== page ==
The practical function of this is readily seen: young evangelicals who have adopted the mindset and culture of their surroundings, for one cannot change nature and one cannot do anything but sin.  It should come as no surprise that this up-and-coming generation of evangelicals have forsworn their parents' political affiliations and aspirations, opting instead for a decidedly liberal agenda that promises to effect "real" change through the ballot box and the fiat of executive order.  The old order of things, that Christian "morality" could be assured on a social level through legislation, has been co-opted towards a different sense of morality that many will claim as Christian.  (The truth, yet to be revealed, is that neither is Christian: but that is another story for another day.)

While I've seen this shift in my students, there is something more personal about it to be said.  They know that their sins are forgiven (that is, they won't be liable for them in Hell), but they've no experience of anything further.  They know if they sin that forgiveness is available, but they long for freedom from the oppression.  It is as if God has said that, while they were slaves to the devil, their actions will not be punished, yet they will remain in Satan's employ.  We look around and see people who have grown adept at managing their sin, but none who are holy.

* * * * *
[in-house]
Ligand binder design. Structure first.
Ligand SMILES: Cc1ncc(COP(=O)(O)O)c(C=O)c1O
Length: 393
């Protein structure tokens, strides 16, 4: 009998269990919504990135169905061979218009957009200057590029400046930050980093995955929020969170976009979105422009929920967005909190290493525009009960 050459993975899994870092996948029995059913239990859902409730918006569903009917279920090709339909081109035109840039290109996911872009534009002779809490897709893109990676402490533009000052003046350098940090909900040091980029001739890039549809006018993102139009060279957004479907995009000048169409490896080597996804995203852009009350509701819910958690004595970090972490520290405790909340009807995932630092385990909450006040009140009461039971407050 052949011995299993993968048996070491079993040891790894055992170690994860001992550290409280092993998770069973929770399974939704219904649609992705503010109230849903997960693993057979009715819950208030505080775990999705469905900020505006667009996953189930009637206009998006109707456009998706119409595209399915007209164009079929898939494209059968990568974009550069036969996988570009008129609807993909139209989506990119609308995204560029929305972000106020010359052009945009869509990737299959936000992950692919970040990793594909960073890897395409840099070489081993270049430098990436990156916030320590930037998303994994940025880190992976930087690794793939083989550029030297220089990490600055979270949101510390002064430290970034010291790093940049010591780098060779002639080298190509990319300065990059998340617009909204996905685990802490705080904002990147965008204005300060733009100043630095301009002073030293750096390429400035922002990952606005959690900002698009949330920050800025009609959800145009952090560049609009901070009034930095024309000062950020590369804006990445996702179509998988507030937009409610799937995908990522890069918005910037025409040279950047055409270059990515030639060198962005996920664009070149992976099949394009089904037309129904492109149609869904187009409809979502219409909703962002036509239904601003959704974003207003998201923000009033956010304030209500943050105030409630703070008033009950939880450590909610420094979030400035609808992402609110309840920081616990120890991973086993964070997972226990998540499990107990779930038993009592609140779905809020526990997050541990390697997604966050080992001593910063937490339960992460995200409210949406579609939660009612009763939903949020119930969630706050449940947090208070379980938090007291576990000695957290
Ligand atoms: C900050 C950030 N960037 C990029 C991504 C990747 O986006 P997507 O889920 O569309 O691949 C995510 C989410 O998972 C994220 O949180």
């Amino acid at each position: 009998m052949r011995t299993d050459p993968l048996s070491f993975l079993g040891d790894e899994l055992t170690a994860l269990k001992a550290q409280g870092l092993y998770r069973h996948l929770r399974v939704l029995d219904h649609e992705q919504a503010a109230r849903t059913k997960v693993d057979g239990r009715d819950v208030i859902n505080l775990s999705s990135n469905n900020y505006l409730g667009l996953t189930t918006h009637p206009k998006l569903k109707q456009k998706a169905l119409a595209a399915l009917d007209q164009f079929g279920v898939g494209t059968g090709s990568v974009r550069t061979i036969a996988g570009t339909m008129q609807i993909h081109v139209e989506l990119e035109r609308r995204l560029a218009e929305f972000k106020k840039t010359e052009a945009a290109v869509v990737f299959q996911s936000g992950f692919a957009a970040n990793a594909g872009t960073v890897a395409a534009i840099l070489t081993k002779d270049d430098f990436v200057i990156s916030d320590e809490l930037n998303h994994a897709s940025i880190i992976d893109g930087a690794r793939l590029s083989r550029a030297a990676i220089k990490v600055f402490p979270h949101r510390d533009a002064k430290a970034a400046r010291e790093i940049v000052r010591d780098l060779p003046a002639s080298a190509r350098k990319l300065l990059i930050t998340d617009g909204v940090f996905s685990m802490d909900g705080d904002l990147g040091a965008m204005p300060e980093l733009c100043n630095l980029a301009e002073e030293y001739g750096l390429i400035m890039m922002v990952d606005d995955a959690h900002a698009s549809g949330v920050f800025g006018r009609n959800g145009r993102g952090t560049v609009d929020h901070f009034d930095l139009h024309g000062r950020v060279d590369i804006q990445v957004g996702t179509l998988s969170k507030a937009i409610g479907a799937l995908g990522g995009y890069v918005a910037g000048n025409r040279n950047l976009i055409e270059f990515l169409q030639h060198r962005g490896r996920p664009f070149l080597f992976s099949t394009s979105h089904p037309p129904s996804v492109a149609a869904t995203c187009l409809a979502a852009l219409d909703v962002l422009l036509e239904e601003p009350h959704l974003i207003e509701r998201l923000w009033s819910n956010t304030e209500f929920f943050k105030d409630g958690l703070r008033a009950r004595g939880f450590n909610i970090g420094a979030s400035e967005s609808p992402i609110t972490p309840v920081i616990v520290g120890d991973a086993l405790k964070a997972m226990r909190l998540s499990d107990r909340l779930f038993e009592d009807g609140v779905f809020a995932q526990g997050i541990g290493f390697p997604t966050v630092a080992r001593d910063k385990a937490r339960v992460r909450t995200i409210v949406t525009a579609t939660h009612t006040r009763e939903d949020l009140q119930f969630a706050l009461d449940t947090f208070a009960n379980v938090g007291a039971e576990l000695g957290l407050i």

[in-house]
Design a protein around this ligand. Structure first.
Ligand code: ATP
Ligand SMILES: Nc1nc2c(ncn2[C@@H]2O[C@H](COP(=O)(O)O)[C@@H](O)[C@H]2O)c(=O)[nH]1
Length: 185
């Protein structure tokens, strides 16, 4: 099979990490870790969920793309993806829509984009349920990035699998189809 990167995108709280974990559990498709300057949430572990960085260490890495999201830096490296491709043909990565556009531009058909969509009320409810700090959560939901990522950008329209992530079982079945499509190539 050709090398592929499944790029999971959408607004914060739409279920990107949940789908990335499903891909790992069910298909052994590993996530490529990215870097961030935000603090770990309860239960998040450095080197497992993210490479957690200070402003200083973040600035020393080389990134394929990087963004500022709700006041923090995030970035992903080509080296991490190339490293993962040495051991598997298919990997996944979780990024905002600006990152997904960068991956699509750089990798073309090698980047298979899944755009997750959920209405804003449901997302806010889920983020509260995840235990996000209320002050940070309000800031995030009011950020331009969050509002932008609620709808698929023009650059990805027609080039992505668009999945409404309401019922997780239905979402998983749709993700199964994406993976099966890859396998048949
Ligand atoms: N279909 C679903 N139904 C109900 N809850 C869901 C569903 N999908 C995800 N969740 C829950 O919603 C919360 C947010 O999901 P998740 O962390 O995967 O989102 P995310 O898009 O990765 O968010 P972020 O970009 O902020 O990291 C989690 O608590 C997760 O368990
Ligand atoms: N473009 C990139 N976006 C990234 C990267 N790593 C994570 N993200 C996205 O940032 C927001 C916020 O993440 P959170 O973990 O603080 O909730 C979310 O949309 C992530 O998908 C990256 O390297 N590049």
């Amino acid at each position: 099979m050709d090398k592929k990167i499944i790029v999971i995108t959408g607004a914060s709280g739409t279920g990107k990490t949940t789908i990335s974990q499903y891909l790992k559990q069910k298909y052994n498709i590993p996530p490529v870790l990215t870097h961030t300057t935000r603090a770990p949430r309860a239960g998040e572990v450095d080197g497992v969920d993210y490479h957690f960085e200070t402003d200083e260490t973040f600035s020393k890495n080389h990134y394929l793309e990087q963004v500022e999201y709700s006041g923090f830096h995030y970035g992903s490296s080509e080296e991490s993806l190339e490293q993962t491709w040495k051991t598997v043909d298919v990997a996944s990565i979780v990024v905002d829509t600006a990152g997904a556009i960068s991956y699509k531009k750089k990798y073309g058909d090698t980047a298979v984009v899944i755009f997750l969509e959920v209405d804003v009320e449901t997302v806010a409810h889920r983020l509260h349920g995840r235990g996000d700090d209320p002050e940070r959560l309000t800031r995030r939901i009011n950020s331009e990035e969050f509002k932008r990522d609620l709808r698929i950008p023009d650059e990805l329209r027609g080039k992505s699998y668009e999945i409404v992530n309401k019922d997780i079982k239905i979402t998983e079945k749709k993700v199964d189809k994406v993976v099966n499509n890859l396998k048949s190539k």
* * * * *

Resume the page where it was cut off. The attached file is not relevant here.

These things were in my mind -- for they aren't just observations of those around me, but reflections on my own life -- when I started teaching Dante.  What Dante is working with there (for he most certainly did not originate it) is the ancient and catholic teaching on what evil is and does to human beings.  In short, evil has no proper existence, but is the negation of existence: just as darkness is not substantial, but is rather the absence of light (cold and heat, etc.).  Sin, then, is a discrete act of the absence of the good (Israel's Torah does complicate this, as there prohibited acts there that aren't objectively absent of good, i.e. the partaking of porcine delicacies -- it is an early form of askesis).  What sin leads to is the absence of existence for those made in God's image: it leads us to death.  Why, though, would any human choose something that leads to death, rather than the good (and, therefore, life)?